Fred Kaplan

Sort By: Post Date | Title | Publish Date
Filed under
Fred Kaplan Posted: Jul 14, 2010 1 comments
I’ve been following Jenny Scheinman for a few years now: her frequent Tuesday night sets at Barbes, a small Brooklyn bar and sometimes-jazzclub not far from my house; her side gigs with the likes of Bill Frisell, Jason Moran, and Ben Allison at various clubs in Manhattan; her wry CDs, most notably 12 Songs.
Filed under
Fred Kaplan Posted: Jul 05, 2010 5 comments
Jason Moran’s Ten (Blue Note) commemorates the 10th anniversary of his trio called Bandwagon (with Tarus Mateen on bass, Nasheet Waits on drums), and it’s by far the group’s best recording, maybe Moran’s best all told, which, if so, would mean it surpasses his 2002 solo disc, Modernistic, which is saying a lot. Whether it does or not (I’m still mulling), this is a great album, that much is certain.
Filed under
Fred Kaplan Posted: Jun 30, 2010 29 comments
A week ago, I went to see Chris Potter lead a top-notch quintet at the Jazz Standard. It was a great set. Potter’s big tenor-sax sound keeps getting more swinging, more virtuosic, yet at the same time tonally subtler. Joining him were Steve Nelson on vibes, Paul Motian on drums, Craig Taborn on piano, and Scott Colley on bass. Potter was smiling a lot during their solos, as if he couldn’t quite believe that he’d assembled such a crew.
Filed under
Fred Kaplan Posted: Jun 19, 2010 5 comments
Keith Jarrett’s “Standards Trio” played Carnegie Hall Thursday night, to predictable glories.
Filed under
Fred Kaplan Posted: Jun 14, 2010 1 comments
The Jazz Journalists Association held its 2010 awards bash at City Winery, a warm, spacious eatery (with an excellent wine list) in the SoHo section of New York this evening. Below are most of the winners, followed by the musicians for whom I cast my ballot. The awards covered the period from April 15, 2009, to April 15, 2010.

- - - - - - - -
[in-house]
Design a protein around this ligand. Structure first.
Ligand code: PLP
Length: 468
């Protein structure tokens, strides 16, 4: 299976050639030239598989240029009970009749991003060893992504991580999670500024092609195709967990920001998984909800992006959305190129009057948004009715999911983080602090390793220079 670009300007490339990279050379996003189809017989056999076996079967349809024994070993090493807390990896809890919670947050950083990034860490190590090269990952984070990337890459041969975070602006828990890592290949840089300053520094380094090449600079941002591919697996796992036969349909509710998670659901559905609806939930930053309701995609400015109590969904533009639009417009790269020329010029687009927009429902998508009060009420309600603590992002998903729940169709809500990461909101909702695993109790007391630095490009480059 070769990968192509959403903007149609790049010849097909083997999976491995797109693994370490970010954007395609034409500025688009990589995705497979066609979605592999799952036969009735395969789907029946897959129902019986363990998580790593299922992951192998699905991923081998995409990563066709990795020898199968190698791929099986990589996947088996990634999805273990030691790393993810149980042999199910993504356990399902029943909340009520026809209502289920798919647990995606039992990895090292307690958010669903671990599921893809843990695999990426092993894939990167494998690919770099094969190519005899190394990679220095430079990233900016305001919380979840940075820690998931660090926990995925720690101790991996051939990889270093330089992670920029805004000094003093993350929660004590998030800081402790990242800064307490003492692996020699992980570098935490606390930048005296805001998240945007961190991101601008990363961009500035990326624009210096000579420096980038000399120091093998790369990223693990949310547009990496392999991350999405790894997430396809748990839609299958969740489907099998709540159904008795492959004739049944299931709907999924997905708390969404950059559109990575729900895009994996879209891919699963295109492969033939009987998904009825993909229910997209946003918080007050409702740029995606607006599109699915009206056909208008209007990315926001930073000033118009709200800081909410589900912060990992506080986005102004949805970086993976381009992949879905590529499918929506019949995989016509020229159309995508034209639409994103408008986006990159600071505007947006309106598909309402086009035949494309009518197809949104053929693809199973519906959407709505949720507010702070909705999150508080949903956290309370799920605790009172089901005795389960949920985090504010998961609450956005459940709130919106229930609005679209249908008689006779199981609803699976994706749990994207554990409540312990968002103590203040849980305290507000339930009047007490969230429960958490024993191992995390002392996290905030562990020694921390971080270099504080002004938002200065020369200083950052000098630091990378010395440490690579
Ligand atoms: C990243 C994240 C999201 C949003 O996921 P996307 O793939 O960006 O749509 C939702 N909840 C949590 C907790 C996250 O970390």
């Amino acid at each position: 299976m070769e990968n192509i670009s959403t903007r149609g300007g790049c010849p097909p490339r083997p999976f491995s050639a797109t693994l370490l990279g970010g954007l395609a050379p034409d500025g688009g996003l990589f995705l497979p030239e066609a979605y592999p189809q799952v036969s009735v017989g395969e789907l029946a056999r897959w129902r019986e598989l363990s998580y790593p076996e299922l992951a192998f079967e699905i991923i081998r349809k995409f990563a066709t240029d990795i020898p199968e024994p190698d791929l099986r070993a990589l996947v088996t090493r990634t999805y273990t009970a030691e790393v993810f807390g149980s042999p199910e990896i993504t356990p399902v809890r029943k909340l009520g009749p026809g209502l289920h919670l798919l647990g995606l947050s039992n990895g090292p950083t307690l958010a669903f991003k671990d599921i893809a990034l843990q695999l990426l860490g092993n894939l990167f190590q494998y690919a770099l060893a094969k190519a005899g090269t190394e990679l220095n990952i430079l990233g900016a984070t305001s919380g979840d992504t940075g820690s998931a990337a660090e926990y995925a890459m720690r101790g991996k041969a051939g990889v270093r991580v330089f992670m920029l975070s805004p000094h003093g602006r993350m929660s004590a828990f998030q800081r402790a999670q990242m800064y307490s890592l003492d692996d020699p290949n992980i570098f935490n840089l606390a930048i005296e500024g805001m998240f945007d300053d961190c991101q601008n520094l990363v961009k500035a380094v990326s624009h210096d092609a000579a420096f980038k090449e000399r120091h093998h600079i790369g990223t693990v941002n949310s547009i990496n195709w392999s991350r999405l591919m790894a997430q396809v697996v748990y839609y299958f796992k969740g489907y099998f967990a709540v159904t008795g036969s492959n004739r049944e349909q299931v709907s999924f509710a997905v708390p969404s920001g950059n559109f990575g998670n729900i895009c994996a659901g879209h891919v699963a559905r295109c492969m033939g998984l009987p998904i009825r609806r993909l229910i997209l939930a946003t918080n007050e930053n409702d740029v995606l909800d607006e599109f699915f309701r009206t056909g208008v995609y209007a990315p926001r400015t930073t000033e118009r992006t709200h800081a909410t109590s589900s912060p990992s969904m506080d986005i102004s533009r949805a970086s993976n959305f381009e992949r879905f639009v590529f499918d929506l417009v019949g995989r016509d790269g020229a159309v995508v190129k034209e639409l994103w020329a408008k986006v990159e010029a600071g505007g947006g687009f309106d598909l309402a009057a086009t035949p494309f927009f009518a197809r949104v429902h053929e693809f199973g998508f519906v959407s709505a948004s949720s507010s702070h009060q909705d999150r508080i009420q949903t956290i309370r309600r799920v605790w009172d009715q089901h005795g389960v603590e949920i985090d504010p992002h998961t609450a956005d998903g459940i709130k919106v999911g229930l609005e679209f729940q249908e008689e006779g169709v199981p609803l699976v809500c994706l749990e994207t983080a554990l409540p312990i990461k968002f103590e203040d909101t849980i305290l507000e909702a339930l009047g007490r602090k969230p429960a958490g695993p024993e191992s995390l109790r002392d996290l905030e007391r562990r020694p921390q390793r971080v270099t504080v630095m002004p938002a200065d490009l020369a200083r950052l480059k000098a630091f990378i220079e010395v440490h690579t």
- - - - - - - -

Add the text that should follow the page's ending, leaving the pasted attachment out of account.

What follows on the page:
Filed under
Fred Kaplan Posted: Jun 10, 2010 0 comments
A trend of sorts has taken hold the past few years: albums (in most cases, multi-disc boxed sets) capturing not just the highlights of a jazz concert but the whole concert—or a whole week’s worth of concerts, the entire run of a gig at a nightclub—every note of it.
Filed under
Fred Kaplan Posted: Jun 08, 2010 4 comments
As I’ve mused before (though only twice), what’s the point of having a blog if you can’t indulge in a little self-promotion?
Filed under
Fred Kaplan Posted: Jun 03, 2010 6 comments
Geri Allen’s new album, Flying Toward the Sound (Motema Music), is a stunner. She calls it “a solo piano excursion inspired by Cecil Taylor, McCoy Tyner and Herbie Hancock.” In jazz pianists’ lingo, this is like Babe Ruth pointing to a spot in right-center field. And she slugs the ball out of the park.
Filed under
Fred Kaplan Posted: May 31, 2010 1 comments
Let’s put the main point up front. The new duet album by Keith Jarrett and Charlie Haden, Jasmine (on ECM), is a gorgeous piece of work: all standards, mainly ballads, nothing fancy (not overtly anyway), but such poignance and quiet passion; it’s a glimpse into the intimacy of the act of making art.
Filed under
Fred Kaplan Posted: May 27, 2010 0 comments
I’m late in coming to the drummer-composer John Hollenbeck. (These things happen: so many records, so little time…) It wasn’t until a few months ago that I stumbled upon Eternal Interlude (on the Sunnyside label), the latest CD by his 20-piece Large Ensemble, which, had I heard it earlier, would have made it on my 2009 Best 10 list. (Ditto, just to set the record straight, for Infernal Machines by Darcy James Argue’s Secret Society, that other wondrous big band that escaped my attention.)

Pages

X
Enter your Stereophile.com username.
Enter the password that accompanies your username.
Loading